Since viruses are not fully autonomous, they need to enter into a human cell to divert the cellular machinery to their advantage and be able to produce huge numbers of copies of new viral particles upon human cell death. Once SARS-CoV-2 enters our respiratory epithelial cells, it kills them, and a big number of viral particles can be located in the respiratory mucus. The virus is then located in the microscopic droplets that can be projected when we cough, sneeze or simply speak.
The projection outreach of these droplets in the air depends on their own weight and has been evaluated to range from 1 meter to 3 meters in distance (6 and 7).
COVID-19 symptoms can vary greatly. Some people don’t develop any symptoms and the infection is mild. For other people symptoms can range from fever, cough, dyspnea or shortness of breath, myalgia, fatigue, normal or decreased leukocyte counts, and radiographic evidence of pneumonia (10).
In some severe cases, pneumonia can drive to Acute Respiratory Distress Syndrome leading to septic shock and death.
This condition is more common in people with chronic diseases like type 1 and 2 diabetes, hypertension, cardiovascular diseases or asthma. It is important to note that the expression of ACE2 is substantially increased in patients with type 1, type 2 diabetes or hypertension, who often are under treatment with ACE 2 inhibitors (10).
The incubation period of the disease can vary from 1 to 14 days with an average of 5 days. Since the SARS-CoV-2 spreads rapidly in the population, avoiding contact with infected people is the only real measure to stop the spreading (5).
Some recent studies have shown asymptomatic people can also infect other people, making the control of the outbreak extremely difficult (6).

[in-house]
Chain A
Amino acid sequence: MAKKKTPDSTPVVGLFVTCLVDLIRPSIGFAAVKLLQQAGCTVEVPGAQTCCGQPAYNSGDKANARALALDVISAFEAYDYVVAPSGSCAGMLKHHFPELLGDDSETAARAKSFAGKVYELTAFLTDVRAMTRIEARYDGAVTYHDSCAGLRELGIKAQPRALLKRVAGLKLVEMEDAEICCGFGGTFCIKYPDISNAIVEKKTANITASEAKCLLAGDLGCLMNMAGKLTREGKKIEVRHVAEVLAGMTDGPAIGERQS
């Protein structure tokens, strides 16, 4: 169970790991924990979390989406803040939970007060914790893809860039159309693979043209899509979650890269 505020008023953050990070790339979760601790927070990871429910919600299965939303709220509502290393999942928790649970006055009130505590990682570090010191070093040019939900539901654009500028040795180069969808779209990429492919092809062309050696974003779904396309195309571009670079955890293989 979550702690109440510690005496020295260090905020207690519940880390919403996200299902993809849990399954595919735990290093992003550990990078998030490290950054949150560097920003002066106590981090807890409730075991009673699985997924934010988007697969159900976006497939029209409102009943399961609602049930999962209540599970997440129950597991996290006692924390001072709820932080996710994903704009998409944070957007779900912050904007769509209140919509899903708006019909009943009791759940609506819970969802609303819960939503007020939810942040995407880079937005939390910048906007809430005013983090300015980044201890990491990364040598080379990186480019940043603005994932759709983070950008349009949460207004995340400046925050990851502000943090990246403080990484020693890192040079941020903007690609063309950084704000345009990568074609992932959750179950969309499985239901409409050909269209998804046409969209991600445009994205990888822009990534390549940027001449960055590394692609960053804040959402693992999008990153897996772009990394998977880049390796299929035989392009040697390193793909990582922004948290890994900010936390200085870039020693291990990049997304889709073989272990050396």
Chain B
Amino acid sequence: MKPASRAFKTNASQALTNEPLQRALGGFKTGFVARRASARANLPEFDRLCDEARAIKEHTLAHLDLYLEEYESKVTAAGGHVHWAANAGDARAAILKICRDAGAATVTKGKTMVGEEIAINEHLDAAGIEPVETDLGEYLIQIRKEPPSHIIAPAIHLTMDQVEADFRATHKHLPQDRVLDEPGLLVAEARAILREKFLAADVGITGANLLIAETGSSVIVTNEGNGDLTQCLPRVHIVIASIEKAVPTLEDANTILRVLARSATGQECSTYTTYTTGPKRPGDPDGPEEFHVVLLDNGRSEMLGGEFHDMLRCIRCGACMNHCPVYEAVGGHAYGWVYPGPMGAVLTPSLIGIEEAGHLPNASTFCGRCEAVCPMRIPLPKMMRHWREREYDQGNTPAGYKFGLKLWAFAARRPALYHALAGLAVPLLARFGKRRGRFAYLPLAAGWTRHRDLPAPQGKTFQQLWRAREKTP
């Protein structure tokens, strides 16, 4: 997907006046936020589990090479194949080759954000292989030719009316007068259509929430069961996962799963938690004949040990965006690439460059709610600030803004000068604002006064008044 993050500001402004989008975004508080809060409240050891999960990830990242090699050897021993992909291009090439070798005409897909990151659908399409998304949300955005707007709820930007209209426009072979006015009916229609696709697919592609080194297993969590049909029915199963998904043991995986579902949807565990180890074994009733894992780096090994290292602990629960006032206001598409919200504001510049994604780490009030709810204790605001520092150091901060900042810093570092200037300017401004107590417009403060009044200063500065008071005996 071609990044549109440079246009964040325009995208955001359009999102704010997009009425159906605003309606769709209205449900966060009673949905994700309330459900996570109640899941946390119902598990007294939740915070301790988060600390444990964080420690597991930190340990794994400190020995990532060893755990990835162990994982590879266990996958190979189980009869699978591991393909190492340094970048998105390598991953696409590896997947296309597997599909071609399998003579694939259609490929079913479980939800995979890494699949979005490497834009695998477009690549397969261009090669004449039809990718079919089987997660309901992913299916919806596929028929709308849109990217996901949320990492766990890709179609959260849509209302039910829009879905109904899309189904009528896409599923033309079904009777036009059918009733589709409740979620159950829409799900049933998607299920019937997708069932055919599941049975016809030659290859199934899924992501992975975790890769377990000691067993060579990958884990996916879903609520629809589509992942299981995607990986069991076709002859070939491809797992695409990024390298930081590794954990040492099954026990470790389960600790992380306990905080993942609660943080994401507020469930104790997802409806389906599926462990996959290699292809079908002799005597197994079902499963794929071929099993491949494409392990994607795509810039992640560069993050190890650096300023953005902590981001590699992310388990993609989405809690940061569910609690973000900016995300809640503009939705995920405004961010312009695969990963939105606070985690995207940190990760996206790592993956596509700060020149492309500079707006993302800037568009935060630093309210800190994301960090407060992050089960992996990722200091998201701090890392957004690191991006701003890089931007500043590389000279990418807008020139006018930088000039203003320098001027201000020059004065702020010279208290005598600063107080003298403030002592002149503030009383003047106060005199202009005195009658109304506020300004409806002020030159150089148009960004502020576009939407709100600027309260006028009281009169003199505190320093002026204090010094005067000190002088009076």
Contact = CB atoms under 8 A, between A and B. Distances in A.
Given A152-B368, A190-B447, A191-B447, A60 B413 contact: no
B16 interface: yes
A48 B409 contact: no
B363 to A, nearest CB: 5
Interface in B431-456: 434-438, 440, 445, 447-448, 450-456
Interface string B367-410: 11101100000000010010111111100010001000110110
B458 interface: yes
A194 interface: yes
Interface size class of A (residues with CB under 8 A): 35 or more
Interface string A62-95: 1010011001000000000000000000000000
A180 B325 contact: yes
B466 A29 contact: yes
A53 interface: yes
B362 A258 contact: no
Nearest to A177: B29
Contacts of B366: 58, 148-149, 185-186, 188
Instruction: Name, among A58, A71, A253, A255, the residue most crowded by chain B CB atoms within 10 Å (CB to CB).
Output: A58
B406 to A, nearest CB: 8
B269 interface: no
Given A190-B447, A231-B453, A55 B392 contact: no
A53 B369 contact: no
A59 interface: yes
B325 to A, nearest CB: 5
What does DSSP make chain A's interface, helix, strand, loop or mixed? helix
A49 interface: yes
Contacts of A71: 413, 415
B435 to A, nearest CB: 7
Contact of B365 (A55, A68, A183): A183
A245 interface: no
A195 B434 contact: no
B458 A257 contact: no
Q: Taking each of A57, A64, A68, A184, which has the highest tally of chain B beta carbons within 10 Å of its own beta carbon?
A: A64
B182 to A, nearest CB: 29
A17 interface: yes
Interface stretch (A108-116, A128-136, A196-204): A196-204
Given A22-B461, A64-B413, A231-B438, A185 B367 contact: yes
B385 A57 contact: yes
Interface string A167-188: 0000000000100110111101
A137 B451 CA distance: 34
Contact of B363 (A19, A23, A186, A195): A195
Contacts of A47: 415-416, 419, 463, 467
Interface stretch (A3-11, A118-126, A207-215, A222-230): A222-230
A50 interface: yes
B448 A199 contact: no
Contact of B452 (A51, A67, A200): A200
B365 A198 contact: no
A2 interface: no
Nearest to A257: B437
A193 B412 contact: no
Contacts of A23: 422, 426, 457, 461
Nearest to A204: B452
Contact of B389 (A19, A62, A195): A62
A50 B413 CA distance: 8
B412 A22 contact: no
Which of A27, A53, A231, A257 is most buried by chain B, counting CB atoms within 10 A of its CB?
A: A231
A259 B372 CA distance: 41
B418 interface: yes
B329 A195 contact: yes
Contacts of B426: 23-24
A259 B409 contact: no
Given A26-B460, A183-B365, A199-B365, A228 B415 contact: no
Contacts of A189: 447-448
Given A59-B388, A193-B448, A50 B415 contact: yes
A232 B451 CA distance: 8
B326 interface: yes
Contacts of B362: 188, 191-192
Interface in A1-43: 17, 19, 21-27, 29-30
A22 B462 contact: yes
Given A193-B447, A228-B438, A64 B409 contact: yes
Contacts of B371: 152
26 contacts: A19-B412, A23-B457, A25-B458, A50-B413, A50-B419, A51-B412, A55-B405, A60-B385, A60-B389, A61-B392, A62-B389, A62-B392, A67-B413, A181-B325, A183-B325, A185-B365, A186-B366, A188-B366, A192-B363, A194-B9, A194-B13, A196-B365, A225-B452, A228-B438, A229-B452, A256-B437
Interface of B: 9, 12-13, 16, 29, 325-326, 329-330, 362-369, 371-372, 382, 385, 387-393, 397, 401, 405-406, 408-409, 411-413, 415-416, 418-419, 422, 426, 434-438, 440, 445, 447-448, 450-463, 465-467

There is no specific treatment for COVID-19 yet. Treatment is focused on supportive care, providing oxygen, fluids and respiratory support for severely ill people. Early epidemiological data has shown some potential positive treatment of COVID-19 with these three drugs and potential vaccines:
1. Chloroquine: an anti-malarial drug (11).
2. Protease inhibitors like Ritonavir: an anti-HIV medication (12).
3. Remdesivir: anti-viral drug previously used against Ebola. Large-scale clinical trials are underway in China right now (13).
Vaccine candidates: many subcellular vaccinal strategies have been under consideration and in most of the cases a potential candidate vaccine will not be available for at least one-year.
Probiotics and COVID-19 disease
Since there is no vaccine available, or specific efficacious clinically proven treatment at the moment, preventing COVID-19 by maintaining high hygiene by washing our hands, avoiding contact with infected people and reinforcing our immune system are the best strategies.
Our body, and especially our gut, is home to trillions of beneficial bacteria that live in perfect harmony, helping us to digest food, eliminating toxins, producing active molecules and educating our immune system to protect us against harmful microbes. Scientists have named this microbial ecosystem the intestinal microbiome (14). Today science has reached a solid level of understanding of the correlations observed between gut microbiome structure and composition and health or disease.